Jews on Broadway

Did you know that almost all of the great writers of the classic Broadway musical were Jewish? Therefore, it was only appropriate to dedicate a special gala evening with the Israeli mezzo-soprano Shai Terry and artists from the TOS Church Tübingen to this fact as part of the Jewish-Christian culture and encounter week “Hanukkah Days”. The program was developed and hosted by March of Life staff member Michaela Buckel, and in this interview she explains the background.

Is it true that many of the great musicals on Broadway were written by Jewish authors?

It is indeed striking that both the lyrics and the music of the most famous Broadway musicals were written by Jewish musicians, e.g. My Fair Lady, West Side Story, Sound of Music, Les Miserablés, Miss Saigon… the list could go on and on. If we now add Disney musicals, which are now also running as independent productions on Broadway, then we would have The Little Mermaid, Beauty and the Beast, The Hunchback of Notre Dame and Sister Act.

How did you track down that fact?

I think it was in Les Miserablés, which is about the June Uprising in Paris in 1832, that I first stumbled across the lyrics. Of course the story is dramatic, but I had the feeling: there’s more to it! This must have been written by someone who knew loss, which is difficult to express. So I wanted to know the composer’s background. And in fact, both composers came from Jewish families, and half of Claude-Michel Schönberg’s family in Hungary was murdered in Auschwitz. Then I noticed more and more things and started researching the stories of the musical composers and lyricists. This brought on the idea of presenting these biographies along with the musicals.

Can you give us an example of such a classic biography of the musical authors?

Irving Berlin was born as Israel Beilin on May 11, 1888 in Tyumen, Siberia. However, his family lived in the Tolokhin shtetl in present-day Belarus. He was one of eight children of Moses and Lena Lipkin Beilin. His father was a cantor in a synagogue until a pogrom occurred in the shtetl. Irving only remembered having to hide in a box and watching as their house burned to the ground. The family then emigrated to America. Upon their arrival, Israel was put in a pen with his brother and five sisters until immigration officials approved them for entry into the city. His father, unable to find comparable work as a cantor in New York, took a job in a kosher meat market, teaching Hebrew on the side to support his family.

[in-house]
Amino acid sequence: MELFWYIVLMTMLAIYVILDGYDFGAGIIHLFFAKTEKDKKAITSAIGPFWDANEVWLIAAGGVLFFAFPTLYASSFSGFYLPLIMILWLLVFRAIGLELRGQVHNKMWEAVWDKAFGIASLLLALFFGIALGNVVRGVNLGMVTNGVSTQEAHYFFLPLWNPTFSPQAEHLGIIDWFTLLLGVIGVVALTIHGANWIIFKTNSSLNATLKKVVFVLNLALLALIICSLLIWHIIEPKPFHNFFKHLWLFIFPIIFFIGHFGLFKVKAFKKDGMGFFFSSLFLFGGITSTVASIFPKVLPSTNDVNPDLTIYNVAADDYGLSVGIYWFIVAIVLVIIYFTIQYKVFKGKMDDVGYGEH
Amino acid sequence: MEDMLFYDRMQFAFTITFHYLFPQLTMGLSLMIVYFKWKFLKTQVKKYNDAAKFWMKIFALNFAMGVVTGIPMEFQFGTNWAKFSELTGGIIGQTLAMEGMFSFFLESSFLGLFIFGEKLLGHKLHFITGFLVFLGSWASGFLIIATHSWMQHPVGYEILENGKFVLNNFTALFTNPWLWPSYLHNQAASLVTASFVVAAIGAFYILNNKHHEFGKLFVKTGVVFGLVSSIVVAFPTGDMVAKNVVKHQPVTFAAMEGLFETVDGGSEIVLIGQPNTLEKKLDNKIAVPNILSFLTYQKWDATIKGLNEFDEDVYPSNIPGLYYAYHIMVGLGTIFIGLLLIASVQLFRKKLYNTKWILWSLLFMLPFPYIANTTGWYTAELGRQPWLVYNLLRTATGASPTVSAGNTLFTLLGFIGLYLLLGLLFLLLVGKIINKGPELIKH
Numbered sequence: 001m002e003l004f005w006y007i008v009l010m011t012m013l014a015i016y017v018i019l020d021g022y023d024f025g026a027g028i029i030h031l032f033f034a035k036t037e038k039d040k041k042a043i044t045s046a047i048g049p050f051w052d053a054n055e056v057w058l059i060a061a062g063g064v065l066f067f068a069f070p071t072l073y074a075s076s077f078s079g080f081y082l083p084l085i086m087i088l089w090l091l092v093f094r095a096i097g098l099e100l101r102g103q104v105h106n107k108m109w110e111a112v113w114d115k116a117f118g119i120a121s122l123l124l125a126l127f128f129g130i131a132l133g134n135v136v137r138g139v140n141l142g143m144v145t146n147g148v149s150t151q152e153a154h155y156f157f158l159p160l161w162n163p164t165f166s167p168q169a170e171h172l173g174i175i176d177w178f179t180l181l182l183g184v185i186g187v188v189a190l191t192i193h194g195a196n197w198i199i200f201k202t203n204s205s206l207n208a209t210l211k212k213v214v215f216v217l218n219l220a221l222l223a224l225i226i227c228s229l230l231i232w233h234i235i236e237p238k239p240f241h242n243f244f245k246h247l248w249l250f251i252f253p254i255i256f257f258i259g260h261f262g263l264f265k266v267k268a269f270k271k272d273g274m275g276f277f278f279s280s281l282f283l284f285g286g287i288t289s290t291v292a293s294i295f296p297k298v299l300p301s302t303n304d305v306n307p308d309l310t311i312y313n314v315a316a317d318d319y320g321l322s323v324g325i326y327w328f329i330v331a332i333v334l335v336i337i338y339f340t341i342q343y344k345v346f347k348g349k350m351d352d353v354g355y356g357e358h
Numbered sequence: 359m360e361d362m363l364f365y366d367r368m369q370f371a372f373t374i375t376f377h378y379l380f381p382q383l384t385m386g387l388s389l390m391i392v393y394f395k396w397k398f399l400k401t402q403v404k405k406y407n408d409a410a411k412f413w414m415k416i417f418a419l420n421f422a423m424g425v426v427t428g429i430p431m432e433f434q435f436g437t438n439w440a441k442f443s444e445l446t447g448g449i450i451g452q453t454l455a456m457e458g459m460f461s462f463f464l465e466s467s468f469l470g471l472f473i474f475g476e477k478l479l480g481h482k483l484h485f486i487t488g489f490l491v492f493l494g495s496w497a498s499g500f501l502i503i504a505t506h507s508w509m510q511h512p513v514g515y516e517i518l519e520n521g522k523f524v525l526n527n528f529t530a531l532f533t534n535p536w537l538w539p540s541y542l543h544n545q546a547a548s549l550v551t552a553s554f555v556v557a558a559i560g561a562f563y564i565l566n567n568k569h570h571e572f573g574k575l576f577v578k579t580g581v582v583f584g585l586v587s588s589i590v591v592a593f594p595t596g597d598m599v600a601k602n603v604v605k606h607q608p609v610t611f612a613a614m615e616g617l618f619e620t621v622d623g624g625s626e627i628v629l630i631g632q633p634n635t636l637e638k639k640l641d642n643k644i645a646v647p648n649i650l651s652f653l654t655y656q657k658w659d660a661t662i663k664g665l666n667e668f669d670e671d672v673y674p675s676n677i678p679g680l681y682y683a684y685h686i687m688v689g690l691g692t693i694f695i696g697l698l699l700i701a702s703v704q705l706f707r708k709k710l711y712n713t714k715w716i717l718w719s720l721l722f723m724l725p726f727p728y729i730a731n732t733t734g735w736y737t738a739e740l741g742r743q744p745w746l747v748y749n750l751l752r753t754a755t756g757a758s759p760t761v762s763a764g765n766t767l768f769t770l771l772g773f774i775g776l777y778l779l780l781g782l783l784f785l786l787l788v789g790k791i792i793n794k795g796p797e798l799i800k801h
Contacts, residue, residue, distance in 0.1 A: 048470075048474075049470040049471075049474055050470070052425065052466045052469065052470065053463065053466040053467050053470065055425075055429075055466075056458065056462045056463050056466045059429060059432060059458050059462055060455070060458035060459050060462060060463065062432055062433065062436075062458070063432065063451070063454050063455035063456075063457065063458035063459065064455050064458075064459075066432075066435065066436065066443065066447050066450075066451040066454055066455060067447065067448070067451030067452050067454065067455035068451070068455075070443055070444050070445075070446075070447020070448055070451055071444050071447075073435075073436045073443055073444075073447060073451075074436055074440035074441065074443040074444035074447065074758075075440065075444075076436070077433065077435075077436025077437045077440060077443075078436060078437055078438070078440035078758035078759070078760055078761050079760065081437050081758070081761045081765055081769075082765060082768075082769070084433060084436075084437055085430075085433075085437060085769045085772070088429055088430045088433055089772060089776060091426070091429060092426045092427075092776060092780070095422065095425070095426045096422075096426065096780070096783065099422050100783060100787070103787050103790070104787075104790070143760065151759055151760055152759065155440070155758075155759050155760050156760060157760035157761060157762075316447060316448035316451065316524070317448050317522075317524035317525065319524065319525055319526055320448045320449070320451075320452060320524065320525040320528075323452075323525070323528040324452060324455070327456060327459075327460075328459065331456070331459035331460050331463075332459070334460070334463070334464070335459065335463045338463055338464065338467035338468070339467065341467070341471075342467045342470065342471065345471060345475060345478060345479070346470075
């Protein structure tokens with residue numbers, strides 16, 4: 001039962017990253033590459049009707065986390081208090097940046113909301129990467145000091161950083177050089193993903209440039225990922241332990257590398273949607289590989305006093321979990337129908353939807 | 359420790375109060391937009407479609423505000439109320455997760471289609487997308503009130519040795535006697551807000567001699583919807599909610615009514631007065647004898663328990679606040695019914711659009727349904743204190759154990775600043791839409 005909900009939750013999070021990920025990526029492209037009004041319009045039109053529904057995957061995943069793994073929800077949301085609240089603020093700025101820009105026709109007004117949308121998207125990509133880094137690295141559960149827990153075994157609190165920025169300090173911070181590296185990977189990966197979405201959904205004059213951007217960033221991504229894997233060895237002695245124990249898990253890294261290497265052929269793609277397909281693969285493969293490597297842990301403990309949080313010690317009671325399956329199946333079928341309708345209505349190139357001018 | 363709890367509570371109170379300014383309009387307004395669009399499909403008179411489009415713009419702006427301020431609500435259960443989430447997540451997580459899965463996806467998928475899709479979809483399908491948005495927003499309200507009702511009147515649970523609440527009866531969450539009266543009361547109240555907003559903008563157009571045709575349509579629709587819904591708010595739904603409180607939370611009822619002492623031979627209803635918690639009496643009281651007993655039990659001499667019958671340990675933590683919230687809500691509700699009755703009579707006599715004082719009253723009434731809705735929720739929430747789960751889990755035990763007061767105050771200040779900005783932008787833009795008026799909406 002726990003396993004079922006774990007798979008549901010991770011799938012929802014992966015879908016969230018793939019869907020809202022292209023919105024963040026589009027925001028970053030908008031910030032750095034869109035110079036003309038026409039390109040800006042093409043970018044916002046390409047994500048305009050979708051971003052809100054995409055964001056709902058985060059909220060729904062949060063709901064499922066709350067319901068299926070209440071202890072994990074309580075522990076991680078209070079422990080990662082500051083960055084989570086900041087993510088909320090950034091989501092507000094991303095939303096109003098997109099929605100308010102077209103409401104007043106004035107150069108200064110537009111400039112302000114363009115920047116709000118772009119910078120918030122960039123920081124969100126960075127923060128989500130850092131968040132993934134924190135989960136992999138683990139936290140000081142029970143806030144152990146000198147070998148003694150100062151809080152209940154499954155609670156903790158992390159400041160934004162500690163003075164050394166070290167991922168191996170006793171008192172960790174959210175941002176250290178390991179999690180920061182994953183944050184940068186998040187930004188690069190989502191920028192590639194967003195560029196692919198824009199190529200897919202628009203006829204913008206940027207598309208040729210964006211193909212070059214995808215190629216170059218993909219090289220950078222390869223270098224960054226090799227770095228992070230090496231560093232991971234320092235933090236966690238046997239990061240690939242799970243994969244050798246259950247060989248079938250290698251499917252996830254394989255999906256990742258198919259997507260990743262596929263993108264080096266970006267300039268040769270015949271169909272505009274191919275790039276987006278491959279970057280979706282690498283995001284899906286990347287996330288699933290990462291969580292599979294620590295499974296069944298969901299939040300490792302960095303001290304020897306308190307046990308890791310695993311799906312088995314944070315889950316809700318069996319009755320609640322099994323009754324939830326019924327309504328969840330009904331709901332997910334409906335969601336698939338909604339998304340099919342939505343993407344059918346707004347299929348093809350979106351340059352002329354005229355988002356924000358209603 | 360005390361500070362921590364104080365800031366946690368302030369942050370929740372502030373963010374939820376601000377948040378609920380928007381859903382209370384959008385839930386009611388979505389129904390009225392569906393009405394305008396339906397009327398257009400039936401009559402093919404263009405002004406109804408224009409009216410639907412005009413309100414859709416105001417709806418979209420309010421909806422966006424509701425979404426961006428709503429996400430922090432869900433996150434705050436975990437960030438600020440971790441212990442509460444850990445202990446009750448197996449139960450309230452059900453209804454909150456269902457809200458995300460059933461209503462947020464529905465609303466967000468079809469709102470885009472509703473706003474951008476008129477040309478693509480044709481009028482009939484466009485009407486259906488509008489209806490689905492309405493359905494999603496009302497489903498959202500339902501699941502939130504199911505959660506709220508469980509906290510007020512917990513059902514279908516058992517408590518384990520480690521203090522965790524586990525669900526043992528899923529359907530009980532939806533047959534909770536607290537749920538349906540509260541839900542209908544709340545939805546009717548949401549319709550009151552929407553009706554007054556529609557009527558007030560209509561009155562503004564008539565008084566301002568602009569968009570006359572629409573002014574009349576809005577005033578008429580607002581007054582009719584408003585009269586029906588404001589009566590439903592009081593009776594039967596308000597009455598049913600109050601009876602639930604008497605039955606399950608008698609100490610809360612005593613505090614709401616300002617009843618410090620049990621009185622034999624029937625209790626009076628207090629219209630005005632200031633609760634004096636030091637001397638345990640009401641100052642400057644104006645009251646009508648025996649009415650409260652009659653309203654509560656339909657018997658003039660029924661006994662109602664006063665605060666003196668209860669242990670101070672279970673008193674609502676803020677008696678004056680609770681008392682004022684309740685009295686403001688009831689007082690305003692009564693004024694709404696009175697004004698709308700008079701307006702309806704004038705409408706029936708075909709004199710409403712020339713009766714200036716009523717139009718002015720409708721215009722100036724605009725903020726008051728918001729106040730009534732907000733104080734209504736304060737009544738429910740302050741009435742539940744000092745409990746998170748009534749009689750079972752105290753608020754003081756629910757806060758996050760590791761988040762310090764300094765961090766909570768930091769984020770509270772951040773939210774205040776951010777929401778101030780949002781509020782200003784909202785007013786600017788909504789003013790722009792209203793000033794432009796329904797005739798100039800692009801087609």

With only a few years of schooling, eight-year-old Irving now began contributing to his family’s living expenses. Because the family was so poor, he lived as a street boy on the Lower East Side, picking up the language and culture of ghetto life. He became a paperboy and delivered the Evening Journal. Young Berlin sang some of the songs he heard while selling newspapers from the clubs and people tossed him a few coins. Music became his best source of income. In exchange, Berlin taught himself to play the piano a little. Since he played by ear, he took only the black keys for simplicity’s sake; he played almost exclusively in the key of F#.

The former street urchin was well on his way to becoming a well-known composer, and this despite the fact that he could neither read music nor play the piano properly. He composed his melodies, others wrote down the notes for him. In his long life of 101 years, he wrote over 1000 songs, most of which are jazz standards and have had a lasting impact on American music. In addition to seventeen complete scores for Broadway musicals, he contributed material to six others and also composed for Hollywood. Even before World War II, his song “God Bless America” became the unofficial anthem of the United States.

Another classic is his song “White Christmas,” which sold many millions of copies. Berlin celebrated his greatest success in 1946 with the musical “Annie Get Your Gun,” about the U.S. markswoman Annie Oakley.

Most musicals do not deal with specifically Jewish themes. Why did it take so long for an obviously Jewish musical like Anatevka to be possible?

Although many of the writers were at home in the Yiddish theater in New York – especially those whose families were fairly new to the U.S. – they naturally wanted to appeal to a broad audience. That’s the prerequisite for success: playing what speaks to many. Also, they didn’t want to make music primarily as European Jews.

They considered themselves Americans and wanted to be perceived as such. Almost all of them Americanized their names. Nevertheless, they formed a network of Jewish producers, lyricists, composers and choreographers. I think they had more in common than they realized, and trust played an important role.

In addition, many had experienced anti-Semitism – also in the USA. That’s why they worked on the themes of exclusion, injustice and the question of identity on the basis of other marginalized groups, e.g. blacks or immigrants from Latin America. Anatevka tells the story of an Eastern European shtetl where a pogrom is perpetrated that drives the inhabitants to emigrate. This is the family history of some of the musicians – it takes a lot of courage to spotlight it! But Anatevka became a huge worldwide success. By 1979, it was the longest running musical on Broadway, with over 3000 performances, and it opened the doors for more Jewish stories that appealed not just to a minority, but to every culture and generation!

Thank you for the interview!

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